Pandora Stacks ‘Em Deep And Sells ‘Em Cheap By Appealing To Local Advertisers

I still listen to terrestrial radio, so I hear local radio advertising constantly. Now, according to the New York Times, Pandora is going after the same type of advertisers.

This year, Pandora has had 400 local advertising campaigns across the country. One new client was Planet Honda in Union, N.J., whose president, William Feinstein, said he gave up on terrestrial radio years ago because he felt it cast too wide and expensive a demographic net.

But attracted by Pandora’s ZIP-code targeting, he spent $10,000 to advertise on the service in January. IPhone traffic to his Web site — which he attributes to the ads — more than quadrupled, Mr. Feinstein said, and so he increased his spending to $15,000, then $20,000.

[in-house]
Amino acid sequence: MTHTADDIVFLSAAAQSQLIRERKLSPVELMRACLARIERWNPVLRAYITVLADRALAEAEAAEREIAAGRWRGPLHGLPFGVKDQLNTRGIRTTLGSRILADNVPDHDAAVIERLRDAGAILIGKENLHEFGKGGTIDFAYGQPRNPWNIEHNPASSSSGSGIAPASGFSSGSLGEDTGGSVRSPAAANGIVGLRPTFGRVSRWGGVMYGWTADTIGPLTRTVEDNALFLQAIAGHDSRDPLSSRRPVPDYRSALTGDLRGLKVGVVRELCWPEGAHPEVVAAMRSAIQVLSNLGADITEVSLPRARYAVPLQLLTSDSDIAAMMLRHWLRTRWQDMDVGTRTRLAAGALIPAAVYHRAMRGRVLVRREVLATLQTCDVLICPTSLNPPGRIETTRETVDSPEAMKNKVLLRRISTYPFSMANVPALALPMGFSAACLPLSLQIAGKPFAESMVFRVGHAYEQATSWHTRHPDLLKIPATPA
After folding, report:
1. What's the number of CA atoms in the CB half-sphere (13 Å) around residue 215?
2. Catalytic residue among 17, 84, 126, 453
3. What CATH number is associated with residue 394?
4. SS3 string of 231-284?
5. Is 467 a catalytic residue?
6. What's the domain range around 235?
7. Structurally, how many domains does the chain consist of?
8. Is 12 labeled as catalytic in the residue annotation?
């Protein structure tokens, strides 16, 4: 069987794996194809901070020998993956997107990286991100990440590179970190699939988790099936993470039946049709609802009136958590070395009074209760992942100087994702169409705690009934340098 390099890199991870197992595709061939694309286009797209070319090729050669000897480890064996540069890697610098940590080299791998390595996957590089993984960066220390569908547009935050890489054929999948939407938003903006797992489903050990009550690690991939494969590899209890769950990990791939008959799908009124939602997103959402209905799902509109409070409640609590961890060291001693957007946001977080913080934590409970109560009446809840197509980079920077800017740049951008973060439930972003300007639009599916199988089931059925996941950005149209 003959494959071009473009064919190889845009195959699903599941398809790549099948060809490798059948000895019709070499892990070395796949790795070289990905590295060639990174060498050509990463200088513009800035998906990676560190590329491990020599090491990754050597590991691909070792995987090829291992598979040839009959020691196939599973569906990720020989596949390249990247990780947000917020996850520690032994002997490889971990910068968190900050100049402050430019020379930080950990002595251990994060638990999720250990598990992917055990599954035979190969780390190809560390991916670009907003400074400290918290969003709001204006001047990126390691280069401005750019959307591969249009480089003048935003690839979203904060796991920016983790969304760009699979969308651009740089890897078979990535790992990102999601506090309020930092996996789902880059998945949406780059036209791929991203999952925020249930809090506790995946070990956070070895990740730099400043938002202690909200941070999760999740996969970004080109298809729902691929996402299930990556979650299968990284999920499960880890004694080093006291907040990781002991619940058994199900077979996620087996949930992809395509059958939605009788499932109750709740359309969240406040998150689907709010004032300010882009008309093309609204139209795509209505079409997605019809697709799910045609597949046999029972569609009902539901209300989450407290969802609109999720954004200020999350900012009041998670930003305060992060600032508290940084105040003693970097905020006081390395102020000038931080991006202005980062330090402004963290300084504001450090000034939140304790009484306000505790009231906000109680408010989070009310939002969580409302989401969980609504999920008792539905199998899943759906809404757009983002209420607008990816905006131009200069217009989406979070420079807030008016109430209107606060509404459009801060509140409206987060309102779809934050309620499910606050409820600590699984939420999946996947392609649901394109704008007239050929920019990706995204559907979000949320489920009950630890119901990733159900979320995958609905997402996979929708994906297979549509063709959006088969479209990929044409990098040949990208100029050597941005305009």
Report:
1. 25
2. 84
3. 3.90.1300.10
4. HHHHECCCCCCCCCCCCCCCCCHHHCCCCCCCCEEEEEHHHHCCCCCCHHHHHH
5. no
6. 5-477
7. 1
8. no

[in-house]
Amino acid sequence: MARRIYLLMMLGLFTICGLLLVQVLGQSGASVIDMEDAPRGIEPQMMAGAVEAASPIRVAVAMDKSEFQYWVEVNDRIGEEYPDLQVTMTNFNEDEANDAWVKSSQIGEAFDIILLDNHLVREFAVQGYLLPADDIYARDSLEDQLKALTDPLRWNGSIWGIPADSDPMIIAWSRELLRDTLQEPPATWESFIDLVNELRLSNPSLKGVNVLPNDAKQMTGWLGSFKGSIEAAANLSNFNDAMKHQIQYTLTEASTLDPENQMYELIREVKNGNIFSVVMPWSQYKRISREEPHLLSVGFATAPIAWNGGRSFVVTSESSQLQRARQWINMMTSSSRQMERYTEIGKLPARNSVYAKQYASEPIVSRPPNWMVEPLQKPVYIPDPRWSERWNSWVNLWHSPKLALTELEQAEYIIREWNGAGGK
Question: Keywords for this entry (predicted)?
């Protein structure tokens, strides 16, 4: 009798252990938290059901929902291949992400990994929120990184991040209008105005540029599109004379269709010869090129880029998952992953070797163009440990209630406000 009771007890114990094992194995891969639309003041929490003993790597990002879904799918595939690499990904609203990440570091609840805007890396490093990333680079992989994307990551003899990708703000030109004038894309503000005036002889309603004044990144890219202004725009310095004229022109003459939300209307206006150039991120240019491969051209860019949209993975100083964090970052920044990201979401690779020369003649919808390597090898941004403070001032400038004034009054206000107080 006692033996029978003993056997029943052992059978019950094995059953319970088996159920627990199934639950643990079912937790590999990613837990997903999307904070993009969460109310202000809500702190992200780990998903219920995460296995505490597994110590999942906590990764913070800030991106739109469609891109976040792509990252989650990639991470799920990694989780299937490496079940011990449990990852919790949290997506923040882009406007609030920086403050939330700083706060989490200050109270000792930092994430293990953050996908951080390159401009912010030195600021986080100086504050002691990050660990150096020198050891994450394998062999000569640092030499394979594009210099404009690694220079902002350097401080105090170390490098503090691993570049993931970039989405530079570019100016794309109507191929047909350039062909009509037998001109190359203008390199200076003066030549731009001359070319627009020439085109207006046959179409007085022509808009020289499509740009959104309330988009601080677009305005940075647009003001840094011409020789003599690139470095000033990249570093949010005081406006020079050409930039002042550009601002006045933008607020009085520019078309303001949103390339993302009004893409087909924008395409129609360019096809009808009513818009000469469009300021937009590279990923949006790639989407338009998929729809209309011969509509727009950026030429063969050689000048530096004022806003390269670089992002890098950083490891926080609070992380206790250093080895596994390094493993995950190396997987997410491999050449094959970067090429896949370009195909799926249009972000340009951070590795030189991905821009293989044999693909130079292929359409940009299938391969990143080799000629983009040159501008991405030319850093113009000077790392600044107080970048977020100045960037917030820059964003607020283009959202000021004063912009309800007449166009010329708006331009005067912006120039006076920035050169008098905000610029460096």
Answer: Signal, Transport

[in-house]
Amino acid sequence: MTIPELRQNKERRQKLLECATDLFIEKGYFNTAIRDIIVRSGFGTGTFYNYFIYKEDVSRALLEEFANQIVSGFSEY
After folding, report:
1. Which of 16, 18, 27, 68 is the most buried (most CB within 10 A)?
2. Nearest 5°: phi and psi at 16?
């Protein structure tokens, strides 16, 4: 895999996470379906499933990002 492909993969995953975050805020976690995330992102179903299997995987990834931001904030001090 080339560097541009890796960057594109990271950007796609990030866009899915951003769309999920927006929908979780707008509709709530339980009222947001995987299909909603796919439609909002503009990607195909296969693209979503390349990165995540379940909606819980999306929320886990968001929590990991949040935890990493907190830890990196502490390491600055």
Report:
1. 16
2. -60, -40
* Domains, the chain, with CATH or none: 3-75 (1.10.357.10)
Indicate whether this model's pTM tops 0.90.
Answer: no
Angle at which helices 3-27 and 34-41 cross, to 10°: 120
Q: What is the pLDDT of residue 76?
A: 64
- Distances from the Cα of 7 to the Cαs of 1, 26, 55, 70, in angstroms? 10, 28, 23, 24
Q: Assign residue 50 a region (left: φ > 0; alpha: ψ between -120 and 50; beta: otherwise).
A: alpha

“A light bulb went off,” he said at Pandora’s party, holding a glass of wine. “We don’t need to buy five radio stations. We can buy one.”

Do you listen to Pandora? Will you still listen to it if there’s more advertising on it?

About Dan Goldgeier

Blogging on AdPulp since 2005, Dan Goldgeier is a Seattle-based freelance copywriter with experience at advertising agencies across the U.S. He is a graduate of the Creative Circus ad school, and currently teaches at Seattle's School of Visual Concepts. In addition, he is a regular columnist for TalentZoo.com. Dan published the best of his TalentZoo.com columns in a book entitled View From The Cheap Seats: A Broader Look at Advertising, Marketing, Branding, Global Politics, Office Politics, Sexual Politics, and Getting Drunk During a Job Interview. Look for it on Amazon in paperback and e-book editions.

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